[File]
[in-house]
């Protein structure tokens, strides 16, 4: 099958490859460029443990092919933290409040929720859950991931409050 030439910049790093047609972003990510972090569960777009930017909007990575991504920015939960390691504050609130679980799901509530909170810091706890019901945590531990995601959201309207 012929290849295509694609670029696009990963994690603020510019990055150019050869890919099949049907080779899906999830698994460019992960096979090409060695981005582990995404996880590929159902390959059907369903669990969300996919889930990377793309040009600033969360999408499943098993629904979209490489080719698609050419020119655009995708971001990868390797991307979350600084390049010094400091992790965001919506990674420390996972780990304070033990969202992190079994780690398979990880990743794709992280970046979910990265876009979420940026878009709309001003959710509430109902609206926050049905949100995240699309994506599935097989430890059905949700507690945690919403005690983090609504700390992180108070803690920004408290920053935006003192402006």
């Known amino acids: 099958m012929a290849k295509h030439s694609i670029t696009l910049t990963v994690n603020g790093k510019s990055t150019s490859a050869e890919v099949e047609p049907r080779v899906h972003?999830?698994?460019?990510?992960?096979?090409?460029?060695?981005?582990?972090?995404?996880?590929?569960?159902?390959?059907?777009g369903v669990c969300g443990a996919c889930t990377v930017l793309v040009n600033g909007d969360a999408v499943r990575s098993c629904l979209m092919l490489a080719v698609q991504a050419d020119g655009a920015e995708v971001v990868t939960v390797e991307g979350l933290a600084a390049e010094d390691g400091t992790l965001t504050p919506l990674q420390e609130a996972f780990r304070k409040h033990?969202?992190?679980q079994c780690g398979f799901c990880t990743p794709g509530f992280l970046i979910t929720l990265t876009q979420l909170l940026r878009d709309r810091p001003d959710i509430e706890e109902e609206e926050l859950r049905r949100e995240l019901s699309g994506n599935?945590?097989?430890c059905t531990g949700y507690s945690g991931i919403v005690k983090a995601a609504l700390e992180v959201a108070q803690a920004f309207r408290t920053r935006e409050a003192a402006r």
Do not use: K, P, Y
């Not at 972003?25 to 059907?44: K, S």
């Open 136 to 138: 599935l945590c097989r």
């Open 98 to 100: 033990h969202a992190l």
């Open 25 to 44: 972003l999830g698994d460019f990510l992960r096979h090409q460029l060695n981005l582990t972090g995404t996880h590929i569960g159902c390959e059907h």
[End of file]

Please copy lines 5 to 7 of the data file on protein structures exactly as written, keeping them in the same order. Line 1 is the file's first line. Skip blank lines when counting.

């Not at 972003?25 to 059907?44: K, S």
């Open 136 to 138: 599935l945590c097989r």
């Open 98 to 100: 033990h969202a992190l």